Figuring out the South Caucasus: Societies and Environment

The collection of papers presented to the reader by the Heinrich Boell Foundation, is not entirely ordinary. It is not in the sense that it presents papers written by young scholars whose original research was conducted not within the frameworks of a South Caucasus regional programme that has been carried out by the Foundation since 2003.

The Heinrich Boell Foundation’s regional Scholarship Programme for the South Caucasus has two major objectives:

  • It hopes to encourage young researchers to take on interdisciplinary, individual research projects and to contribute to the renewal of the social sciences in the region through the use of innovative research methods.
  • It seeks to construct a cross-border network of young, highly qualified specialists that can serve as a framework in which cross-border projects in the fields of socio-political education and social science research can be carried out.

Age is a defining factor for the programme and the results it produces. The scholars of the Foundation are aged between 22 and 35, and the median age is 27. This way, this collection lets us see a plethora of diversity of research interests of the new generation of researchers from the South Caucasus. Not aimed at elucidating all the major research questions in the majority of social sciences, the papers reflect on the data of the empirical research, that view relations of the individual and the society in the context of modern analysis.

This volume contains a collection of papers presenting the individual research of young social scientists from Armenia, Azerbaijan and Georgia. The projects were carried out in 2006, within the framework of the scholarship programme run by the South Caucasus Regional Office of the Heinrich Boell Foundation.

The authors have taken interdisciplinary approaches to subjects that are of fundamental importance for the understanding of social and political processes in the societies of the South Caucasus, but which are hardly touched  upon in public debate, or even fall into the realm of taboo to some extent. And yet anyone who attempts tp foster social modernization and democratization in this region has to take a critical look at these very themes at some point. Therefore, of particular relevance is the work of the scholars engaged in researching issues of social and political transformations. The authors of the papers ask themselves foundational questions of sociology: “What is happening?” and “What stands behind of what is happening?” Only a research conducted in a qualified and trustworthy manner can access the roots of the changes of the consciousness of society.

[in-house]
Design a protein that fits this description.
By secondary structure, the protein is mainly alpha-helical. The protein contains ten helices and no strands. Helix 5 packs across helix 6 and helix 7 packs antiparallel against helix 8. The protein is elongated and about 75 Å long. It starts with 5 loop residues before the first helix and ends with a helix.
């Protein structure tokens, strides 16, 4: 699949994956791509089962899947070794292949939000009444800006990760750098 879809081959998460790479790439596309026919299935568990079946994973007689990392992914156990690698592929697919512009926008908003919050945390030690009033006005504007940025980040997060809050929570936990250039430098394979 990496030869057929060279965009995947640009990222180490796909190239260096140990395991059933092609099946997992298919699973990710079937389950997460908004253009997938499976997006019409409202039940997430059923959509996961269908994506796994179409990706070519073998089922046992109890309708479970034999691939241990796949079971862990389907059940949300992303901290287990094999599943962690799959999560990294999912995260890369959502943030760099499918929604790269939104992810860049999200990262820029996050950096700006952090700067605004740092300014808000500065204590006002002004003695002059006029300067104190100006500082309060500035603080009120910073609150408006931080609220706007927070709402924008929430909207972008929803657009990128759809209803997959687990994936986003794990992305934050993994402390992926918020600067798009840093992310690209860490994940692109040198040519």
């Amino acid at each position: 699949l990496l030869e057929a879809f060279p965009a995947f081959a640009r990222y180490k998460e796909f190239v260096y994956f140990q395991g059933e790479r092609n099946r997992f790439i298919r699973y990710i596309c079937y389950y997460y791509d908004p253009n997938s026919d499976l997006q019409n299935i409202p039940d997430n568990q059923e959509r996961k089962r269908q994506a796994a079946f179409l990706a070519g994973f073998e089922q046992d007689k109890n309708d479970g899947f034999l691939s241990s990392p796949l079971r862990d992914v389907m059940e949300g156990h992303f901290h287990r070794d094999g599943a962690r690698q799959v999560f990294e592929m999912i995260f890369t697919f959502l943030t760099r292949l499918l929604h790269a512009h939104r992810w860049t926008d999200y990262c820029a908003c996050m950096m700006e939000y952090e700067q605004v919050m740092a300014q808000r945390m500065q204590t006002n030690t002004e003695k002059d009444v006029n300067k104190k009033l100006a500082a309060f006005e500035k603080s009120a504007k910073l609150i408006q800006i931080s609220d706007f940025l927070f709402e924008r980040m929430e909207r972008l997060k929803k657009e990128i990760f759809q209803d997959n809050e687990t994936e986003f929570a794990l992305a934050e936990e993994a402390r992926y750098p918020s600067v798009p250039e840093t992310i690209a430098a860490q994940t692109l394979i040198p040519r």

The articles in the first section of the book – “Researching ethnicity and migration” – deal with historical and sociological points of changing ethnic, national and religious construction of identity in the societies of South Caucasus that took place during the 20th century. They discuss an investigate the conditions of ethnic minorities (Ingilos in Azerbaijan, and Armenians in Georgia), as well as function and the principle of the action of migratory processes in the Post-Soviet communities in light if work-related migration from Georgia and repatriation to Armenia.

The second section – “Anthropology” – deals with various forms of urban environment, mechanisms of internalizing rural space by urban refugees and construction of urban history after the catastrophic earthquake in Armenia.

The papers in the third section – “Gender Research” – touch upon the characteristics of gender disclosure, as well as the tabooed issues of selective abortions in Azerbaijan.

The paper in the forth section – “Researching elites” – is devoted primarily to the questions of how regional elites were formed on the example of Gurjaani district (in Eastern Georgia) during 1990-2003. The author researches informal mechanisms for the realization of power and for regulating access to power. These informal procedures are often more effective, compared to officially declared and legalized forms of power. Besides, informal networks and communication play a significant role there. The reader can witness the issues, which are often masked by formal democratic facades.

The editors hope that this third volume will provide interesting information not just to a specialized public, but to anyone interested in the political and social developments in the South Caucasus or involved in civil society initiatives. We also hope that this publication will create doorways to the international scientific “community” for these young scientists and, by doing so, encourage the process of opening up South Caucasian societies to the international exchange of ideas and opinions.

We would like to express our sincere gratitude to all experts in and outside the South Caucasus who are guiding and supporting our scholarship programme with their scientific expertise and personal commitment.

Nino Lejava
Scholarship Programme Coordinator
South Caucasus Regional Office of the Heinrich Boell Foundation

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